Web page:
Sunday, June 01, 2008
Dragon Kiln & Pottery Jungle
There is a wonderful place hidden away down a bumpy bush lined road which in my opinion is a must see if you're looking for off-the-beaten-track Singapore. Or good, inexpensive pottery. It's called the Dragon Kiln & Pottery Jungle and is located in the west of the island just off the Jalan Bahar exit from the PIE. I first discoverd this place a few months ago but had Carl in tow and believe me, small children and towering stacks of breakable pottery don't mix, so it was a brief visit. Determined to return however, I gathered up a couple of girlfriends and headed off in the car. This is a place you can't really get to with public transport which may explain why hardly anybody seems to have heard of it.
As you enter the property the first thing you see is a huge expanse of pots spread out across what would be a big carpark if there was any room for cars left! Pots of every size and colour, from little tubs to huge pots you could house a small family in; whatever you want, its here and in 20 different colours. This display is just to get your interest piqued because the real draw is inside the sprawling complex of slightly ramshackle buildings nearby.
You first walk past the Dragon Kiln, a traditional Chinese 44 m long brick and earth structure that runs along the ground, slightly uphill. A fire is lit at the bottom end and the heat and smoke go through the kiln to exit at the other end. Temperatures reach up to 1400C! The Jalan Bahar kiln is one of the two remaining dragon kilns in Singapore. In the 1960s and 70s, it was used to fire latex cups for the surrounding rubber plantations, flower pots and other items, but fell into disrepair when demand for these items dropped. With the help of the National Heritage Board, Singapore Tourism Board and Nanyang Academy of Fine Arts, the Dragon Kiln was rescued and brought back to life in September 2006. These days it's only fired up once a year to demonstrate how it works. It must be impressive and incredibly uncomfortable to be near.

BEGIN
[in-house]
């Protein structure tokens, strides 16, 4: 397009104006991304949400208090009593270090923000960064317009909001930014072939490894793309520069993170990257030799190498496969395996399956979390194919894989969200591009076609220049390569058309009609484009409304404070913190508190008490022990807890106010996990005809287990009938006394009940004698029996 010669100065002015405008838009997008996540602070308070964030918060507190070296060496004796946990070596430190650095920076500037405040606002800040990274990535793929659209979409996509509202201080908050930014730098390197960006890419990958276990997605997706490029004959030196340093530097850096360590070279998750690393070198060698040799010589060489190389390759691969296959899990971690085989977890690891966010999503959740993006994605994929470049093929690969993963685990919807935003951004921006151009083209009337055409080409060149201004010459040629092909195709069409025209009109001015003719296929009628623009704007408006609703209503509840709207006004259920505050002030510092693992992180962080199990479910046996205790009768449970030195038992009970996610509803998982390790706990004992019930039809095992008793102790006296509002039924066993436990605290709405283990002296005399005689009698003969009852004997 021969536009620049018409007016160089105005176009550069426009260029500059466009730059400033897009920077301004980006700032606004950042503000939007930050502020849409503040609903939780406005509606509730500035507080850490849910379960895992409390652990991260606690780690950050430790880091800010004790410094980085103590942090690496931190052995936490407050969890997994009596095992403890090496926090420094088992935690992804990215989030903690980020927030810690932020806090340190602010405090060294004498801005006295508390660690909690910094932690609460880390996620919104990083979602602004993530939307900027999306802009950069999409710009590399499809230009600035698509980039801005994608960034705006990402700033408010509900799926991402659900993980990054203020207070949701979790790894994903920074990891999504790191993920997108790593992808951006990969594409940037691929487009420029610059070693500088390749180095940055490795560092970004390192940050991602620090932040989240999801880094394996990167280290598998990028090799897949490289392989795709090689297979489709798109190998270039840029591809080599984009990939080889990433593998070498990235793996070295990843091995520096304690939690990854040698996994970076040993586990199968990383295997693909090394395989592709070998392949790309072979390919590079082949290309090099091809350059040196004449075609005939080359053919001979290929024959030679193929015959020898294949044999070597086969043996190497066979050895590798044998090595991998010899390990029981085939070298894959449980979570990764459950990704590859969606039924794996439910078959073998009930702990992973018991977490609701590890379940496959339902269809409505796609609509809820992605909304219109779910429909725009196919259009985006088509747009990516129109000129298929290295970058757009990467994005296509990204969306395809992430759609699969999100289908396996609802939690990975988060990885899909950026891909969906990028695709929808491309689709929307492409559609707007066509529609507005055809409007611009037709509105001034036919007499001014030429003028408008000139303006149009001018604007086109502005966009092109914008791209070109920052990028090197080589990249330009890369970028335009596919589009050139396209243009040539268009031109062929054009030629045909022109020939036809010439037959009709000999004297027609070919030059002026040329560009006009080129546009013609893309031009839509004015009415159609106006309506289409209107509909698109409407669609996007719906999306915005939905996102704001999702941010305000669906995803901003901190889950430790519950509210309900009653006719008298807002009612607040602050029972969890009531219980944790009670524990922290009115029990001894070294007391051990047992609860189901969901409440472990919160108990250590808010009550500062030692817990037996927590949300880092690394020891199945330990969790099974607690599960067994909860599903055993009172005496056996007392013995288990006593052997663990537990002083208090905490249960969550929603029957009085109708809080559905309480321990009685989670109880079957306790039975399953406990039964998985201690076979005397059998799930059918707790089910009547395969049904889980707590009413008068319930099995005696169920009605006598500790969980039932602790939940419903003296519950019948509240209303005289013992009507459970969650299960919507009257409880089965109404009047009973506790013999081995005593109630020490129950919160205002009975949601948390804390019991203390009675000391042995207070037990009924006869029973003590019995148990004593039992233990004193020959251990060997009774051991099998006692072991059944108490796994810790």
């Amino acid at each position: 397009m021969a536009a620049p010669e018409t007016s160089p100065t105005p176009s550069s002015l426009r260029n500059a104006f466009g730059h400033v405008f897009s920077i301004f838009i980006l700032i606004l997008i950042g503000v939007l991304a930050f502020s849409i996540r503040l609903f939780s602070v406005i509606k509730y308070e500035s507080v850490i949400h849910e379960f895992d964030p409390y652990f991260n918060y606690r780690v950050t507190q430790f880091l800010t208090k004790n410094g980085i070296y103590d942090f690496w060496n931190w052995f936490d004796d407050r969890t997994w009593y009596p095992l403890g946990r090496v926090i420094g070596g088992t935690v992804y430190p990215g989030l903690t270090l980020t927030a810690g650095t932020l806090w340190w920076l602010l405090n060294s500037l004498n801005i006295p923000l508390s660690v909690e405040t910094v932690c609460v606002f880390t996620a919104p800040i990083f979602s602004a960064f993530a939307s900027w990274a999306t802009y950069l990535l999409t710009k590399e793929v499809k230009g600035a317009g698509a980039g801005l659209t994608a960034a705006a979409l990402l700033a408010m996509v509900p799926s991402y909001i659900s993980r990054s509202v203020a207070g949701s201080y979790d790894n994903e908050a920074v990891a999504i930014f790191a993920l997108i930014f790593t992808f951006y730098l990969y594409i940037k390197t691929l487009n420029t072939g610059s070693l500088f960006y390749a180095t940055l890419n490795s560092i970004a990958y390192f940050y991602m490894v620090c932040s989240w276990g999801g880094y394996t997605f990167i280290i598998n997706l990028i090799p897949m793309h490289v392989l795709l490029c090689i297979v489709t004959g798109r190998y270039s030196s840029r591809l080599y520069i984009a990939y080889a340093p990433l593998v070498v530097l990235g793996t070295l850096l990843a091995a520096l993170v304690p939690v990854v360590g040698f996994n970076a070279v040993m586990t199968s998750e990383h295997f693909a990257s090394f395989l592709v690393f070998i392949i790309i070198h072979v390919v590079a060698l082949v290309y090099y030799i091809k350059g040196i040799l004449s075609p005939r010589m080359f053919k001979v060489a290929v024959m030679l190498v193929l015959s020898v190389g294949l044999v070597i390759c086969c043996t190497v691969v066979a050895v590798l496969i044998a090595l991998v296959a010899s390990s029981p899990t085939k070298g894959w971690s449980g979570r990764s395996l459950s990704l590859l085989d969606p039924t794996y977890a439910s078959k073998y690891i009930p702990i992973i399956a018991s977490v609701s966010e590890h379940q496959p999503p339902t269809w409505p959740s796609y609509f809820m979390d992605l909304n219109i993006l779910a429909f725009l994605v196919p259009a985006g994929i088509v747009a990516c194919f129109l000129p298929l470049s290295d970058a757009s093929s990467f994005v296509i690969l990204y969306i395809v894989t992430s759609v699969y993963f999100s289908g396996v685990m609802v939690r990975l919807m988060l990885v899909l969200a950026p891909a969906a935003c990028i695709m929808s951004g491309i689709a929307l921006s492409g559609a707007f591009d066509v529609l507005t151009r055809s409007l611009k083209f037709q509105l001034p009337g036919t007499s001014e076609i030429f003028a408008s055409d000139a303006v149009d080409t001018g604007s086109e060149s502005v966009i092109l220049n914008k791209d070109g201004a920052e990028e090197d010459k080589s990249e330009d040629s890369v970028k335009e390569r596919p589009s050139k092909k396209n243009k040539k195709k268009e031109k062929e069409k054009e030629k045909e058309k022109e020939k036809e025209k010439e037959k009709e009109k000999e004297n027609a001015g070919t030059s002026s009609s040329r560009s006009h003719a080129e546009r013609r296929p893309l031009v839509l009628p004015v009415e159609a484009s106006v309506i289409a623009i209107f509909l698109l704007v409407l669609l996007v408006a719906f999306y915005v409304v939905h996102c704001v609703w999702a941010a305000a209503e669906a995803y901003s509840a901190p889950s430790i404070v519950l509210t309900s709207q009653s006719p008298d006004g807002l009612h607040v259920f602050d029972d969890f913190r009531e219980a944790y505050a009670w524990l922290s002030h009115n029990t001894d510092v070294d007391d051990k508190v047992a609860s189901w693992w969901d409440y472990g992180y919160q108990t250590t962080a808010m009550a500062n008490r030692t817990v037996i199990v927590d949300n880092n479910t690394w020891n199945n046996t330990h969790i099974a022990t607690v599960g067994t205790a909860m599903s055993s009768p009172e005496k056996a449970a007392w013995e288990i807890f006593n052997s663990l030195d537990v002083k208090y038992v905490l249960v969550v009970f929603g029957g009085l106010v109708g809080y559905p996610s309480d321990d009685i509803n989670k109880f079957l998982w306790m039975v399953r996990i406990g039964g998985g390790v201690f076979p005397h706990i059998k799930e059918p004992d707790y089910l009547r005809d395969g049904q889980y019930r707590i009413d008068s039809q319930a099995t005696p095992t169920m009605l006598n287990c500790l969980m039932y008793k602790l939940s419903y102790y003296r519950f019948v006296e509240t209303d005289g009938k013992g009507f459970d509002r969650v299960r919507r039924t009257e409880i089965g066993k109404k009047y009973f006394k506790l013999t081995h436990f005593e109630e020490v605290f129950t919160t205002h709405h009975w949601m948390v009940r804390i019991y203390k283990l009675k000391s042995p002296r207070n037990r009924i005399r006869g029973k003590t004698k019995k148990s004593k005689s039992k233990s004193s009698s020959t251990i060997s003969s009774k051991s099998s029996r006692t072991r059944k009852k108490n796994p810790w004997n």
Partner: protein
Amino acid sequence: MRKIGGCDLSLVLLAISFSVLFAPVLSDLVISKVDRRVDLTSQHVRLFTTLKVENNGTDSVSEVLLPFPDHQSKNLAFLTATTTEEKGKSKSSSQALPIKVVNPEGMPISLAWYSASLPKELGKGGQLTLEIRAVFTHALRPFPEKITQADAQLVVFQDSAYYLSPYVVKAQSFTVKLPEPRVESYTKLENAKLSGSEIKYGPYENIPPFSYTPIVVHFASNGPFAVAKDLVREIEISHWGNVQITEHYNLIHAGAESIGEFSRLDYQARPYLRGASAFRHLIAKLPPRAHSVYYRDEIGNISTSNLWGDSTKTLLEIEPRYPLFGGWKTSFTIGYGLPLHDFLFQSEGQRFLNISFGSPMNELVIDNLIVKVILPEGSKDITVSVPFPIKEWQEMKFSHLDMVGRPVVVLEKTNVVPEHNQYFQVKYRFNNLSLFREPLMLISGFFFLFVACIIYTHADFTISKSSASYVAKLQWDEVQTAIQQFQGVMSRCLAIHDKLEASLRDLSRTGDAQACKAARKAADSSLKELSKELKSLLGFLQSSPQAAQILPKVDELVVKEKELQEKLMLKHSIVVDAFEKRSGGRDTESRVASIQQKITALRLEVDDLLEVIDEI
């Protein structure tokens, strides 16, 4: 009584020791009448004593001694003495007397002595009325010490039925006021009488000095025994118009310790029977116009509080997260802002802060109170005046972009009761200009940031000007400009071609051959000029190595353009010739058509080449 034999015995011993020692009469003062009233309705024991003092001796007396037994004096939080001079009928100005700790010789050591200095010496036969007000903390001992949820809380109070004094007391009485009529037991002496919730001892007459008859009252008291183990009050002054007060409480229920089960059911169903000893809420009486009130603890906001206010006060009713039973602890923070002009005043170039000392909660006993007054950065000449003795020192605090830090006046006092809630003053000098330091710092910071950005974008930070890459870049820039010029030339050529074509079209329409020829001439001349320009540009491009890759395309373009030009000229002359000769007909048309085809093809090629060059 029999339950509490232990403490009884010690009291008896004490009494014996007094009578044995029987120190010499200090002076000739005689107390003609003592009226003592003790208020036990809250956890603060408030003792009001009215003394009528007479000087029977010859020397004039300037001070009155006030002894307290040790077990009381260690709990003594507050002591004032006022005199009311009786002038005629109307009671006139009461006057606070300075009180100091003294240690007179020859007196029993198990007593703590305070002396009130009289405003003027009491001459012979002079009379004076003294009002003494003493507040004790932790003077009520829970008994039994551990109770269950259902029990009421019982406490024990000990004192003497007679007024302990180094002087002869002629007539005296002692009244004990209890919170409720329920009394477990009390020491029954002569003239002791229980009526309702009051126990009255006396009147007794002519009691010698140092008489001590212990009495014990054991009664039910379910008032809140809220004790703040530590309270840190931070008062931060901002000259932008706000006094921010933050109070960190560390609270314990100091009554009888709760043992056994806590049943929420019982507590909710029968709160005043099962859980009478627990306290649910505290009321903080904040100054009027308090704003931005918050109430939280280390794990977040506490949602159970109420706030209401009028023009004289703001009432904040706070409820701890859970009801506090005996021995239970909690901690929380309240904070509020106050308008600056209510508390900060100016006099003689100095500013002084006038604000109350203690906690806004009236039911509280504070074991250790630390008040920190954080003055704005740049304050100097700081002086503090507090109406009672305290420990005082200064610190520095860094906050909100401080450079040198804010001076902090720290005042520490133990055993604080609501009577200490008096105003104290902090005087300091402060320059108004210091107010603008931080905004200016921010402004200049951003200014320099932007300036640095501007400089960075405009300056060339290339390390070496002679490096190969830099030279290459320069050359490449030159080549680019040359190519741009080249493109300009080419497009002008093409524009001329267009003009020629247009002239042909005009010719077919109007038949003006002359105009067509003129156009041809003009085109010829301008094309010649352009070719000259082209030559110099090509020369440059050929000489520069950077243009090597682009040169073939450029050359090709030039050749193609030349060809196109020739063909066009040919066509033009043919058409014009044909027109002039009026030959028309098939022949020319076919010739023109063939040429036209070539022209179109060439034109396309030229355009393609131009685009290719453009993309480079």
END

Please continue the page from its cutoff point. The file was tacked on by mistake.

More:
After the kiln its time to wander through the Pottery Jungle, a huge maze of pottery and ceramics from all over Asia (mostly China) covering every conceivalbe different style of pot. Traditional blue and white constrasts with modern swirls of vibrant reds and yellow; ginger jars and rice pots vie for attention with modern vases and abstract decorative pieces. Figurines, platters, bowls, fountains, foot stools, animals, wall panels, vases, urns and even complete outdoor picnic table and chair sets...all made from pottery in a thousand different hues. As you wander from one open-sided barn to the next you start to wonder if the collection will ever end. You'll soon spot the resident monkeys scooting around the beams in the roof. And yes, apparently they do break the pottery sometimes. One of the staff there told us that the monkeys "can be very naughty sometimes". Hopefully they don't actually hurl the pieces at hapless customers below!
It's an incredible place and what makes it even more appealing is that, for the most part, the pottery is quite inexpensive. What I would call the more contemporary collection of tall red/blue/yellow hued pieces were quite pricey but I picked up a traditional rice urn (to be used as a potato jar as it will provide cool dark storage) and a huge platter perfect for a pavlova or fruit or even a big salad, for just $35 each .
The staff are very pleasant and keen to answer questions. The lady who helped us was quite knowledgable about the origin of the various pieces we were interested in. Inevitably with such a huge open set up the pottery can be quite dusty, but you have to remember that a quick wipe down is all it takes to reveal the beauty beneath. This is no high street store; comfy shoes are recommended to navigate the dirt or wooden steps and pathways. We spent two hours there in the end, revived half way by bottles of chilled mineral water provided for free by the staff, a nice touch which was certainly appreciated.
My one splurge was the lamp which I bought hubby as an anniversary present, and obviously I'm not going to reveal what that cost! But it is beautiful. An air-conditioned room is stuffed with dozens of differnt lamps and lampshades, protected from the humidity by the cimate control. I've tried to photograph it but actually it's come out a bit dark; the red and blue is brighter than shown here but you'll get the idea. With typical Dutch reticence hubby's response was "hmmmmm................it's very big". I think that means he likes it.